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David Perring

Fosway Group

Chief Insights Officer

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AI in learning: Where are we now and where should we be going?

In this interview, David Perring, Chief Insights Officer of Fosway, shares his candid views on L&D’s current approach to artificial intelligence, and what a utopia (or utopias) looks like for corporate learning.
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Fosway’s digital learning realities research shows 30% of L&D functions are already feeling the impact of AI. But how are we leveraging this technology, what influence is it having and where are we missing out?

TrainingZone’s Managing Editor, Becky Norman, recently spoke to David Perring, Chief Insights Officer of Fosway, to find out. 

What impact is AI having on those within L&D already deploying it?

Early adopters are already reporting impact on both their external providers and their internal learning teams, mainly through it being faster and cheaper to generate learning design and content.

Whilst it's hard at the moment to quantify exactly the scale of advantage they are achieving, our research participants are calling out greater L&D operating efficiency and productivity as an immediate impact. And linked to that is an ability to be more responsive to learning needs.  

Where in particular are L&D teams focusing their AI attention right now? 

L&D teams have typically been on the leaner side of resourcing, and it’s only natural that they are embracing AI to help them scale and accelerate. It’s no coincidence that the top five areas that have been adopted for AI include:

  • Translation (40% already using)
  • Media generation (36%)
  • Learning design and content authoring (25%).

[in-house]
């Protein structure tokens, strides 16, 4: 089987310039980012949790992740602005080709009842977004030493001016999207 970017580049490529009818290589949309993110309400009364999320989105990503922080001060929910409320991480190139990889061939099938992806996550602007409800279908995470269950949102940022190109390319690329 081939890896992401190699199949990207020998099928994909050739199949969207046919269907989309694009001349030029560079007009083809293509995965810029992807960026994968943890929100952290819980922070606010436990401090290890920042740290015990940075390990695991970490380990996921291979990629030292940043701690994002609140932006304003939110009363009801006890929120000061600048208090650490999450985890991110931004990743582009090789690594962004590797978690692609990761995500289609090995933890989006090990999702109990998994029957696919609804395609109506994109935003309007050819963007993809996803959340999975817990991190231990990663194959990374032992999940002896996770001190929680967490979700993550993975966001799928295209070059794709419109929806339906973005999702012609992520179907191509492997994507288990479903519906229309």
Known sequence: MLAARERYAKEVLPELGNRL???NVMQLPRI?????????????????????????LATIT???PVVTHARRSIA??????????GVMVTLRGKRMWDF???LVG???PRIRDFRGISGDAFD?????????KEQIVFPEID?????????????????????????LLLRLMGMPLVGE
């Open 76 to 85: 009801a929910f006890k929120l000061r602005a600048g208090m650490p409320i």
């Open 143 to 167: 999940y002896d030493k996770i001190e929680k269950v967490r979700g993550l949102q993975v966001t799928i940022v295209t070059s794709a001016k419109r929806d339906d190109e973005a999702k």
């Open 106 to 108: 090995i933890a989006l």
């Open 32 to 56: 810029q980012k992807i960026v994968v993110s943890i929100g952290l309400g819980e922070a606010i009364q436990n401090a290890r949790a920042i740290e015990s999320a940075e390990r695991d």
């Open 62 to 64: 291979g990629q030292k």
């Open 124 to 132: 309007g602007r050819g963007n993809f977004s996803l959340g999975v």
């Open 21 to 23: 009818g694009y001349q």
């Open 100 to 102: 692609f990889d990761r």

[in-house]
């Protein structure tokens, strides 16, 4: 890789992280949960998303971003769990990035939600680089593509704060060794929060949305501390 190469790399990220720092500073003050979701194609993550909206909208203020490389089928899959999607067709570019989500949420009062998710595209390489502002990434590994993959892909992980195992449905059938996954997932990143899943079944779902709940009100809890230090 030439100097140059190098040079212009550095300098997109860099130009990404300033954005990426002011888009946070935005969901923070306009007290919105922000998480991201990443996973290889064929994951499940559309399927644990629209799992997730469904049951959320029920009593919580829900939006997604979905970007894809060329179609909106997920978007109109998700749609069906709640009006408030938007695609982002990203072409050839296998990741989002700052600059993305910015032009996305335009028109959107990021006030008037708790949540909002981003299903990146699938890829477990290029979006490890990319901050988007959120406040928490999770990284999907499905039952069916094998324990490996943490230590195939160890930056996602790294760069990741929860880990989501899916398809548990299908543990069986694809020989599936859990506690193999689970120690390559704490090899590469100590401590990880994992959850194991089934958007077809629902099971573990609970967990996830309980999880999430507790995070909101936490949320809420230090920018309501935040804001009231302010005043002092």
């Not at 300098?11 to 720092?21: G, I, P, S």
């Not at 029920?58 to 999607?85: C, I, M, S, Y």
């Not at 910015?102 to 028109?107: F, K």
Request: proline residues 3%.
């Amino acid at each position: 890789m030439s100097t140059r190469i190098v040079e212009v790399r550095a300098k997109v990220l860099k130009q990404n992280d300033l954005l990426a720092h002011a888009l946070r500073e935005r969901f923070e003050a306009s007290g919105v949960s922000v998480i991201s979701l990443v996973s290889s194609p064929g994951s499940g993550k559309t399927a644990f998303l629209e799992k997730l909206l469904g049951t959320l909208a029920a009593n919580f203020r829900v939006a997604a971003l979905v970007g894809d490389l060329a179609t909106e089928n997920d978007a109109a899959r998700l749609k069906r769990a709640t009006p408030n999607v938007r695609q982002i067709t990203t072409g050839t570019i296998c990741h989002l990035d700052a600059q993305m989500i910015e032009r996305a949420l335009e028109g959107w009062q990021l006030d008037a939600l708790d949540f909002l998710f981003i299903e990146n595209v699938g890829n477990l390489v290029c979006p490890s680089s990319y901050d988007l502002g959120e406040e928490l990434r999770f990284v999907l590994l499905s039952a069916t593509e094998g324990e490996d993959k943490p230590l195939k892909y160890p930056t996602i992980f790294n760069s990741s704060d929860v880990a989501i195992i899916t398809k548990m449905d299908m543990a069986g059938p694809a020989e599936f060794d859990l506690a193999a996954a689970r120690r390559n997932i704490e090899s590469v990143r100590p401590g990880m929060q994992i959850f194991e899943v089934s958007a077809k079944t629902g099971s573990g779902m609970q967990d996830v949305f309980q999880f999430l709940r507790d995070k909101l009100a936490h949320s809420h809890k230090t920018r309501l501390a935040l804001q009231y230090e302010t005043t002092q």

How is AI influencing the learning experience itself?

AI is influencing the learning experience, especially in its support for personalisation. The third highest rated application of AI in learning (in that top 5) is learning recommendations and AI-enabled learning systems. This impacts what learning is targeted to individuals and the nature of that learning in the future.

The biggest thing L&D might get wrong with AI is what they get wrong with learning.

And how about performance?

Already we hear L&D practitioners rethinking their ability to provide performance support, through chatbots – what the bandwagon would call ‘learning in the flow of work’. But in reality most L&D teams are still focusing on enhancing what they have always done, rather than fully embracing the art of the now possible.  Only 7% have adopted AI enabled performance support… and in reality that is where, in the longer term, the most significant impact of AI may come. 

What about this shift towards skills-powered organisations, how does AI fit into this?

The more significant movement that is happening outside of L&D in HR people strategy, which is SKILLS. Skills-powered organisations as a people strategy is being super-powered by AI. This movement is changing strategic resourcing, internal careers and talent mobility, inclusion and so much more. But only 12% of our survey respondents have implemented AI to help link skills to learning. That’s a huge miss.

From your research findings, what do you think L&D might be getting wrong about AI?